Can software-defined networking (SDN) take the costs out of networking for your customers. Some experts are saying that SDN can do just that. Here's how.
Depending on who you talk to, a software-defined network (SDN) either represents a way to eliminate the need for command line interfaces or a total reinvention of how networks actually operate.
Most of the conversation to date has focused on reducing the cost of networks by reducing network management costs. But there are those who argue SDNs are really about reducing the cost of networking, period.
Case in point is LINCX, which Infoblox, a provider of IP address management appliances, has thus far spent over $1 million to build. As an open source networking project, LINCX is designed to make use of commercial-grade hardware to provide the functions of a network switch.
Infoblox CTO Stu Bailey notes that the primary reason networking is both inflexible and expensive because of all the dedicated hardware that an organizations needs to acquire. By relying on commercial-grade systems based on, for example, processors from Intel or Brocade, Baily says there is a massive opportunity at hand to redesign how networks operate. To capitalize on that opportunity LINCX is an effort to move networking functions into the software layer versus the proprietary ASICs where most of them reside today.
Disrupting networking's business model
Currently consisting of about 34,000 lines of code, Bailey says LINCX was primarily built by six networking engineers. Instead of having to deploy switches and appliances that can cost hundreds of thousands of dollars, Bailey says the end goal is replace those devices with “white boxes” running multiple network functions that might cost as little as $300.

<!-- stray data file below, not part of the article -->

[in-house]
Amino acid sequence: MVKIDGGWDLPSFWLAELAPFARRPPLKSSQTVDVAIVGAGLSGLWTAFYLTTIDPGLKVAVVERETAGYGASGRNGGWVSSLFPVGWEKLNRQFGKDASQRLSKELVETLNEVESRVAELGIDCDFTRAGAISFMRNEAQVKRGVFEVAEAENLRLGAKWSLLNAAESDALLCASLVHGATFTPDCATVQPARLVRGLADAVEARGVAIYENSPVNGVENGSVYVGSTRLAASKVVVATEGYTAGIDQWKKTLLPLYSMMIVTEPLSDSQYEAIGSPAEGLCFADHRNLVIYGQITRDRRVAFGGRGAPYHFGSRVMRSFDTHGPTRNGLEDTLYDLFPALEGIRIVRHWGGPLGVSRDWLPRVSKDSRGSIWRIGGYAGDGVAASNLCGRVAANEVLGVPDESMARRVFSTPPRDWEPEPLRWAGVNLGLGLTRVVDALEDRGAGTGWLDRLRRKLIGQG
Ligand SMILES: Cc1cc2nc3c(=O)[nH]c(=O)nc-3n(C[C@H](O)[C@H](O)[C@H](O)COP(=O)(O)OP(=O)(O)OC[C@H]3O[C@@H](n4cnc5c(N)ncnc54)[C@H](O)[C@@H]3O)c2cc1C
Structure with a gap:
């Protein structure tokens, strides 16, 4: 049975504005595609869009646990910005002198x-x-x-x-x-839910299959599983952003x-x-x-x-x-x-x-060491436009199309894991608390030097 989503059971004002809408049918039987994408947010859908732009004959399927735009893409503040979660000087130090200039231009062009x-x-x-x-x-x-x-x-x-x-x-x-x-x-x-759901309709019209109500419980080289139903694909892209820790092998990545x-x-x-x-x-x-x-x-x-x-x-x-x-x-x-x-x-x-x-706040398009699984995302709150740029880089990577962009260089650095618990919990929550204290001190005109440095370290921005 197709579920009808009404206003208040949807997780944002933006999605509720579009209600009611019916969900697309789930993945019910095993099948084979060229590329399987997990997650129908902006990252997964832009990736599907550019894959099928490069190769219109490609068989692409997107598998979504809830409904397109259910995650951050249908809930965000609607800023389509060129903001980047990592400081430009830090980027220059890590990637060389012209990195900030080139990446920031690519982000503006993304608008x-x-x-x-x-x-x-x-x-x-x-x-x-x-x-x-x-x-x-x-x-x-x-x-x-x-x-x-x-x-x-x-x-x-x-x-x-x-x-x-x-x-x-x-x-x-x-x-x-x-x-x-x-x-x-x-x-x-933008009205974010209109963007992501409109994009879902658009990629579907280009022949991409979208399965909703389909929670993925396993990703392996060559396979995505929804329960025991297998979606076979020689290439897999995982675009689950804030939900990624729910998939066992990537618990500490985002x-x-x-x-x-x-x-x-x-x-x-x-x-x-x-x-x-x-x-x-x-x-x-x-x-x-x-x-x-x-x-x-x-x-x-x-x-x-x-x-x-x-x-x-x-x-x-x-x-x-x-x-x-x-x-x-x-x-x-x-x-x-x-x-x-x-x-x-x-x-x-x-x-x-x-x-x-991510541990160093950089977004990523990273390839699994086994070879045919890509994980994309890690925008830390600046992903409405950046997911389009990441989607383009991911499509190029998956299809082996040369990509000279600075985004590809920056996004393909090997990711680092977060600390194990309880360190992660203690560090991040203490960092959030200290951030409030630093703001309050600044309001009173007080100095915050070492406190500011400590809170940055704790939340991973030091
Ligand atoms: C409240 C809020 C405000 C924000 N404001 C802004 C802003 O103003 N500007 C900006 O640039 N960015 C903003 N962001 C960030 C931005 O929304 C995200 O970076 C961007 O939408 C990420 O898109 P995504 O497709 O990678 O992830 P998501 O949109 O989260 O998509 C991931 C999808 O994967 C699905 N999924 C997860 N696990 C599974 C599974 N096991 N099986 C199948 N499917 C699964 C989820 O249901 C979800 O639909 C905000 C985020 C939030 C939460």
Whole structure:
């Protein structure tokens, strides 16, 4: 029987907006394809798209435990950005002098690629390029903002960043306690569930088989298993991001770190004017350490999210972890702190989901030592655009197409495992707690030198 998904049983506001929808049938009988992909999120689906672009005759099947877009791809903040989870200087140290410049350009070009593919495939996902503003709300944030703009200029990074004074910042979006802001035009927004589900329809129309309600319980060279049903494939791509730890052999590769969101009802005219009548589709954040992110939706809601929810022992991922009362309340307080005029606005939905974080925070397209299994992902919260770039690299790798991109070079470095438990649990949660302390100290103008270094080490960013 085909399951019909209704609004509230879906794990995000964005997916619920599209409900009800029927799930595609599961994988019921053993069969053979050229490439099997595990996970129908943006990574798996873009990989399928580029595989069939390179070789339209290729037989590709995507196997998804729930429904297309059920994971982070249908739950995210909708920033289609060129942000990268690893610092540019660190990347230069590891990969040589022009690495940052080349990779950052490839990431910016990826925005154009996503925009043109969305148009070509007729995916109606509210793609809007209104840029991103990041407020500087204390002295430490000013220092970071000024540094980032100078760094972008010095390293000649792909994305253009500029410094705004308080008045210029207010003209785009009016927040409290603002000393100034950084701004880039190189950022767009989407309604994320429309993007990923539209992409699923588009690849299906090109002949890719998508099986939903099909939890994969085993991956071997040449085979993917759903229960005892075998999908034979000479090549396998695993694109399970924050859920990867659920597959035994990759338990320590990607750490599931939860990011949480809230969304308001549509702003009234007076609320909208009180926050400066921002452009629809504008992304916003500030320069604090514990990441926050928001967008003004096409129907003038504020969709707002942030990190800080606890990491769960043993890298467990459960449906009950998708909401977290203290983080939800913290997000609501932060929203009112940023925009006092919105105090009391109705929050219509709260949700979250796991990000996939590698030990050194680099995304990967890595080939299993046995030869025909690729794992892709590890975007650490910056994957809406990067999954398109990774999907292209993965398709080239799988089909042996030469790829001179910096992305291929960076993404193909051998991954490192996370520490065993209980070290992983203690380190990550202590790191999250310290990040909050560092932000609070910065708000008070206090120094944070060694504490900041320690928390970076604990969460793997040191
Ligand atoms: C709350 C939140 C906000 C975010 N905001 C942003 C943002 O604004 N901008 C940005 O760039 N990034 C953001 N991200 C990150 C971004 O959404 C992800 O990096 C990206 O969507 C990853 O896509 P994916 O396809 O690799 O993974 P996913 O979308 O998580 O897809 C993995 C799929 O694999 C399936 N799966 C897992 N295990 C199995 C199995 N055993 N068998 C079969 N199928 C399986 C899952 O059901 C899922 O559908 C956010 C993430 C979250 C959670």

Obviously, LINCX is not the only open source effort to create an SDN platform. But Bailey says that LINCX makes use of the Erlang programming language to create a platform that is requires about one-fourth the code of, for example, the Open vSwitch project.
A free download
Available today as a free download at FlowForwarding.org, Bailey contends that it’s now only a matter of time before there will be no need for switches, routers, load balancers, and a host of other networking appliances.
It’s obviously way too early to say how this shift to SDNs will ultimately play out. It’s clear that many hardware functions are about to move into software at a fairly rapid rate. Whether that will be running on open source or commercial SDN platforms is anybody’s guess. But the one thing that is for certain is that the networks that managed service providers (MSPs) depend on to make a living today will never be the same again.
Mike Vizard is a veteran IT journalist, former Editor in Chief of CRN and InfoWorld, and an IT industry market expert who has chronicled the information technology revolution over many decades, from DEC to Google.